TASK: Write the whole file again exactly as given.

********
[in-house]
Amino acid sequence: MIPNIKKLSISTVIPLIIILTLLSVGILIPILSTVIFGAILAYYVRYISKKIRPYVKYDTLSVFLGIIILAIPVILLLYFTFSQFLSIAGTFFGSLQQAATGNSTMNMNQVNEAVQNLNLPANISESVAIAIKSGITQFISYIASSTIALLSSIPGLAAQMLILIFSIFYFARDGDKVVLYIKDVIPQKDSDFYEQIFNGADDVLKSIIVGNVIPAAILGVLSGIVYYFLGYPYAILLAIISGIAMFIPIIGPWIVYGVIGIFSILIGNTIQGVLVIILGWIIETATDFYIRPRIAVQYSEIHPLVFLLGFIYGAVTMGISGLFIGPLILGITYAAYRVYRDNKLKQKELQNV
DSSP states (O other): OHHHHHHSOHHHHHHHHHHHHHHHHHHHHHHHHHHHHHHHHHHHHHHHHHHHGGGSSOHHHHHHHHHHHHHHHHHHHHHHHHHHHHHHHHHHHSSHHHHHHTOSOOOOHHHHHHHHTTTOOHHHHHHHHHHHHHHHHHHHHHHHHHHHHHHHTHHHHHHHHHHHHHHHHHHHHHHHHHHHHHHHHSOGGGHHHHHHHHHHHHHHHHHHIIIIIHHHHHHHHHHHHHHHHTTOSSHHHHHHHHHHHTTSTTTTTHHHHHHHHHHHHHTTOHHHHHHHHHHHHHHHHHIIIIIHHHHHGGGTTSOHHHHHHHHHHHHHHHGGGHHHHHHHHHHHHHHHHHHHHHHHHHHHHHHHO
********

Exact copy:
[in-house]
Amino acid sequence: MIPNIKKLSISTVIPLIIILTLLSVGILIPILSTVIFGAILAYYVRYISKKIRPYVKYDTLSVFLGIIILAIPVILLLYFTFSQFLSIAGTFFGSLQQAATGNSTMNMNQVNEAVQNLNLPANISESVAIAIKSGITQFISYIASSTIALLSSIPGLAAQMLILIFSIFYFARDGDKVVLYIKDVIPQKDSDFYEQIFNGADDVLKSIIVGNVIPAAILGVLSGIVYYFLGYPYAILLAIISGIAMFIPIIGPWIVYGVIGIFSILIGNTIQGVLVIILGWIIETATDFYIRPRIAVQYSEIHPLVFLLGFIYGAVTMGISGLFIGPLILGITYAAYRVYRDNKLKQKELQNV
DSSP states (O other): OHHHHHHSOHHHHHHHHHHHHHHHHHHHHHHHHHHHHHHHHHHHHHHHHHHHGGGSSOHHHHHHHHHHHHHHHHHHHHHHHHHHHHHHHHHHHSSHHHHHHTOSOOOOHHHHHHHHTTTOOHHHHHHHHHHHHHHHHHHHHHHHHHHHHHHHTHHHHHHHHHHHHHHHHHHHHHHHHHHHHHHHHSOGGGHHHHHHHHHHHHHHHHHHIIIIIHHHHHHHHHHHHHHHHTTOSSHHHHHHHHHHHTTSTTTTTHHHHHHHHHHHHHTTOHHHHHHHHHHHHHHHHHIIIIIHHHHHGGGTTSOHHHHHHHHHHHHHHHGGGHHHHHHHHHHHHHHHHHHHHHHHHHHHHHHHO